For landscape photographers, a tripod is essential tool for creating those amazing photos showing the movement of rivers and streams. When the dynamic range of a composition is in the double digits, a sturdy tripod will help to blend bracketed images in post. Also, for those who want to create incredibly large panoramas or nighttime imagery, the tool kit begins with an excellent tripod. Zion National Park has become even more restrictive for 2018 and removed the ability for photographers in workshops from using any tripods on any trails within the park.
Previously, Zion had allowed tripods on some trails and in the Virgin River. Specifically, along the Pa’rus Trail, in the Virgin River north of the end of the Riverside Walk and south of Orderville Canyon, and on the sandy area between the Riverside Walk and the Virgin River. This is the full and complete list of where tripods were allowed in Zion for those partaking in a workshop for 2016 and 2017, but now even these areas are off limits to tripods. For 2018 there are no tripods to be used on any trail within Zion and tripods are only allowed on paved parking areas and pull outs. For those going to Zion on your own, there are no restrictions to photograph with a tripod as long as you are not going with a commercial business.
For those learning about photography, one of the best ways to learn what is or isn’t allowed in a national park is usually talked over and instructed by those who are teaching within those parks. As a commercial enterprise, these businesses have a vested interest to keep these areas beautiful and as undisturbed as possible. As we have seen, the general public and even photographers who go to the national parks don’t necessarily respect the areas they are visiting, and as image-makers with social media, drive the traffic to these areas with their imagery. Without a word, they are instructing others what is or isn’t allowed in some of the most beautiful and most delicate wilderness areas in the U.S.A. I know it’s tough for those looking to balance conservation and commercialism with the natural wonders of places like Zion National Park, but it’s in no way better to limit the biggest advocates for conservation like the Commercial Use Authorization holders working in tandem with National Park Services.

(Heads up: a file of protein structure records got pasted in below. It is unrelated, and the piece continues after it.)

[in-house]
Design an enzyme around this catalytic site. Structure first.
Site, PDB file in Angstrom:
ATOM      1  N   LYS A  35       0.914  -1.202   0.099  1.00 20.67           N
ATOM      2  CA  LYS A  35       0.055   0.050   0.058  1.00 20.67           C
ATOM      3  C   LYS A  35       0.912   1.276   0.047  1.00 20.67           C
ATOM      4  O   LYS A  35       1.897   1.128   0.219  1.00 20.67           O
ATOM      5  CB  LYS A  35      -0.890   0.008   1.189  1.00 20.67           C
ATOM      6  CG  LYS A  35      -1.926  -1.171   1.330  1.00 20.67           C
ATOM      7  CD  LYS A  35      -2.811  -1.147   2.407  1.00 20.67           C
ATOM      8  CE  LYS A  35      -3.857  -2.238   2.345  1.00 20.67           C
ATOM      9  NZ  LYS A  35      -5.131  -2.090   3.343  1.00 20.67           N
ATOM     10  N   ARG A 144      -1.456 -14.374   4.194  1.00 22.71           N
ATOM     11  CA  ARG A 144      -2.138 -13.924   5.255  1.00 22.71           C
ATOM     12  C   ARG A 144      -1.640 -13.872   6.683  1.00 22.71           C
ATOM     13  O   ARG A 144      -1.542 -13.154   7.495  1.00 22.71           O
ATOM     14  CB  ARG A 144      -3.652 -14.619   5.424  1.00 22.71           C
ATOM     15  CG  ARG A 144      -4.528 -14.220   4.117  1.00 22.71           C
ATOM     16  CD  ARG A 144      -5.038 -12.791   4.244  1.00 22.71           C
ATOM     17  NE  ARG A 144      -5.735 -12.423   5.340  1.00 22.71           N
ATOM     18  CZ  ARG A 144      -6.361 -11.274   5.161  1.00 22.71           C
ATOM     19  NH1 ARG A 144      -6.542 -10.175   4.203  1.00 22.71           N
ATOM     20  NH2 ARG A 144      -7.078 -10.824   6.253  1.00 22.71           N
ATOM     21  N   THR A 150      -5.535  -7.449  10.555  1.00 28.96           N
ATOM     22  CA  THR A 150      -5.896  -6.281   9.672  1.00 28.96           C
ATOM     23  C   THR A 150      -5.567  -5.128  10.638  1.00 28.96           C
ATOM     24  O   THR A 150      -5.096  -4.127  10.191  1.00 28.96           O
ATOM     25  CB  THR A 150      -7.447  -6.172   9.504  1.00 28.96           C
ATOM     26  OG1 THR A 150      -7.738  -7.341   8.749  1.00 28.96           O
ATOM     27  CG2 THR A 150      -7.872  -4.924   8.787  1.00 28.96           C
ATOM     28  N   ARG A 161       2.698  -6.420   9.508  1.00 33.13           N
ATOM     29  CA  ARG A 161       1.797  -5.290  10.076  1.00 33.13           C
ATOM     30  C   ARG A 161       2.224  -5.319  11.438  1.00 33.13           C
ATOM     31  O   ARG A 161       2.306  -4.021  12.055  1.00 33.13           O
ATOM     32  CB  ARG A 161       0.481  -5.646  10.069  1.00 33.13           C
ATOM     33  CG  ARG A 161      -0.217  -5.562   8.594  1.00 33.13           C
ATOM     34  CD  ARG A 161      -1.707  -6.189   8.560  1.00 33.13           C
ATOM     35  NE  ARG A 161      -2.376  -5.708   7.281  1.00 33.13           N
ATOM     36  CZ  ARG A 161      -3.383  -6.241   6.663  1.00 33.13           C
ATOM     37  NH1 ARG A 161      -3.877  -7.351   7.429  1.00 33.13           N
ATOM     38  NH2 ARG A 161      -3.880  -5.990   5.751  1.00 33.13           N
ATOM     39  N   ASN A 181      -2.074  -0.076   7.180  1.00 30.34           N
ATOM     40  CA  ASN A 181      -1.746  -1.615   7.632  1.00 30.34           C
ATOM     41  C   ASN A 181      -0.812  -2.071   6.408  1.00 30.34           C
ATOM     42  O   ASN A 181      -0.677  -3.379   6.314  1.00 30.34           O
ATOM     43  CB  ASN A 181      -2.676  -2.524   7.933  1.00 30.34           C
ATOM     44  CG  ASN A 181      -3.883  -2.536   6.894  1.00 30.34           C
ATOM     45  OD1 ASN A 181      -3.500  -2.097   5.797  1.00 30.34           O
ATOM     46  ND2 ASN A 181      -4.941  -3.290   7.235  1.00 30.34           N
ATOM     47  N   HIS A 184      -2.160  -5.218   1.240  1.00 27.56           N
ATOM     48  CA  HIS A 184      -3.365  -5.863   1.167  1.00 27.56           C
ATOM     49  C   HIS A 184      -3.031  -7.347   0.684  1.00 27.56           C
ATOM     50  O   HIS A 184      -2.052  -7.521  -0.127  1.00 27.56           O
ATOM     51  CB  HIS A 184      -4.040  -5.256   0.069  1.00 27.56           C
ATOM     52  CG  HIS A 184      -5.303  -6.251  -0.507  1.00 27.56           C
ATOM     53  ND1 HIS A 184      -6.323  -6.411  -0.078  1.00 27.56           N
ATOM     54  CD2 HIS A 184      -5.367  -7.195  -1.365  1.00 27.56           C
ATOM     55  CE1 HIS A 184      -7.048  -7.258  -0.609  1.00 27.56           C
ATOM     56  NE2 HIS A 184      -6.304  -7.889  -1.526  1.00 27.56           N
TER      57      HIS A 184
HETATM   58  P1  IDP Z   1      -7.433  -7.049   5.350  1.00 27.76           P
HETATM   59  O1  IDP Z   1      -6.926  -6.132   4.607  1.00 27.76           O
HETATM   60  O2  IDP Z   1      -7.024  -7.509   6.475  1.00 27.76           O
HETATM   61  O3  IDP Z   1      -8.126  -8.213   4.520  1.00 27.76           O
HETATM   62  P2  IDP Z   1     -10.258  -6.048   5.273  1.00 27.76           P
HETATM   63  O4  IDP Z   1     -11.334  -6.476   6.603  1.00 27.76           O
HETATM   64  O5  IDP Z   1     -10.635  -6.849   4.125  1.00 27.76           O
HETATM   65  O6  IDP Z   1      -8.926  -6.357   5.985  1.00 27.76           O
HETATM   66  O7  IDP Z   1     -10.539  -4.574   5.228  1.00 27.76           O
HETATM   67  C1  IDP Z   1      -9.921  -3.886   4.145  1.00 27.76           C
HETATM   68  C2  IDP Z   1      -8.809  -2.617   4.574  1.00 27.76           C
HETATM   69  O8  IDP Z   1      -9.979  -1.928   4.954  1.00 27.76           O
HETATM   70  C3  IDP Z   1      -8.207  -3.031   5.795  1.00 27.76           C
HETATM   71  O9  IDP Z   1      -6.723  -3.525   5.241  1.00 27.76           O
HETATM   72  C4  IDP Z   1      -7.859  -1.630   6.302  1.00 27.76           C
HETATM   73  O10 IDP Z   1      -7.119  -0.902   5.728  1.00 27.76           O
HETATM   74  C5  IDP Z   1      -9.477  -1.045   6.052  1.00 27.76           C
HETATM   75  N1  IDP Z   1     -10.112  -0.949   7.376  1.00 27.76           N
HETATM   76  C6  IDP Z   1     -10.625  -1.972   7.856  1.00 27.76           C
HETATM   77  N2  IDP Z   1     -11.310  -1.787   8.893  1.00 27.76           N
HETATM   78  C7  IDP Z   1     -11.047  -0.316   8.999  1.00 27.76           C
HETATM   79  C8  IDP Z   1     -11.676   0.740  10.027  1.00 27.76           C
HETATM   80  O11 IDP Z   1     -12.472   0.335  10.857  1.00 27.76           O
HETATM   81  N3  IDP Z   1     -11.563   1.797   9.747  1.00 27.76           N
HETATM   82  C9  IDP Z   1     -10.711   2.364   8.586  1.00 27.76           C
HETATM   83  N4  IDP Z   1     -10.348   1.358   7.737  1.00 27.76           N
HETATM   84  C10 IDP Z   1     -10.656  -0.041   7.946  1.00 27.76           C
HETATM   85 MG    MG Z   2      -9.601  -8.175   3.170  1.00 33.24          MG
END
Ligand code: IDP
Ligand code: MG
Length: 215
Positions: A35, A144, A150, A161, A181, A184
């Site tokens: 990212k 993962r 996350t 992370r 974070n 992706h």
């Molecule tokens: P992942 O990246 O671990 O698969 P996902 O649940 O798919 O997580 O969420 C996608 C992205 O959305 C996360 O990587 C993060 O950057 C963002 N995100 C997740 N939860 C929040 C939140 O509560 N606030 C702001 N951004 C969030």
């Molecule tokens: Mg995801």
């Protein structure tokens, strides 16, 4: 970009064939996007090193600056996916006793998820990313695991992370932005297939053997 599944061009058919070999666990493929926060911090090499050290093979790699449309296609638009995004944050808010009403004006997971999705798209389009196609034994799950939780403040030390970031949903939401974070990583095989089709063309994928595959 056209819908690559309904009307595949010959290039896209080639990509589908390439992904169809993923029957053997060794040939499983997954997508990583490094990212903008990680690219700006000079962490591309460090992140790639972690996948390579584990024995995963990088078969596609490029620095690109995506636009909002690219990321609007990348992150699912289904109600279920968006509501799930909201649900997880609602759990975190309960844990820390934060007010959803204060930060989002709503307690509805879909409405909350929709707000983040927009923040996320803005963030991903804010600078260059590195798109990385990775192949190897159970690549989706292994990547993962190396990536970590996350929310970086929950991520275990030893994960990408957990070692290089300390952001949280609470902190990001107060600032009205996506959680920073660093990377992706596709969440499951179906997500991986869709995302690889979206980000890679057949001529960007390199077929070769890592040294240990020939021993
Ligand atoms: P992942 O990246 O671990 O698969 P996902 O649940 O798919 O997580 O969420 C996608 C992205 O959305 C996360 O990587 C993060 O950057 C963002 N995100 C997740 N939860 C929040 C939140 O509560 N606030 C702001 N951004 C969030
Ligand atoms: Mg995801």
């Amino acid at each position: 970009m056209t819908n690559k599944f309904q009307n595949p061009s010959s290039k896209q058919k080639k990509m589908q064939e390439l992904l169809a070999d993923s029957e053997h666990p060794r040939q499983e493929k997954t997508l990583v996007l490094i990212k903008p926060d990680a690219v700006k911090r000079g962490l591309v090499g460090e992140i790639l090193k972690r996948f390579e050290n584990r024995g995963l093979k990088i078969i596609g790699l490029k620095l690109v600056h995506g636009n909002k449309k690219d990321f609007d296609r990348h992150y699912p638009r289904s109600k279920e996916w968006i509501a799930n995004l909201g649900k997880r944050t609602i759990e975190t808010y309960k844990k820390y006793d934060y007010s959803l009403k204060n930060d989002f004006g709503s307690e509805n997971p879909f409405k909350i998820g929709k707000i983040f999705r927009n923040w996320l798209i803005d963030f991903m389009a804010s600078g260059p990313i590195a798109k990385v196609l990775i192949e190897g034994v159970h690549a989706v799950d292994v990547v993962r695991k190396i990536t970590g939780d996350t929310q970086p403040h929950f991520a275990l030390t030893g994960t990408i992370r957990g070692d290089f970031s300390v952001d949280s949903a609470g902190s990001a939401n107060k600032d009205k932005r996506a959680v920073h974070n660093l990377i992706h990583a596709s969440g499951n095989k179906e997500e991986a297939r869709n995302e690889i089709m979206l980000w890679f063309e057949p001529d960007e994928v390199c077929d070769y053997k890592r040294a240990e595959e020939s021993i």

Many photographers will never go to a photography workshop, but many will look on the works of others in the same area attempting to capture similar imagery. That means that these restrictions won’t stop much of the conservation looking to be achieved by the restriction itself. It only reduces the amount of businesses working with Zion and thereby the additional advocates that work with NPS to educate other photographers for the conservation of the wilderness resource that is Zion National Park.
Images used with permission of Timelapse Workshops.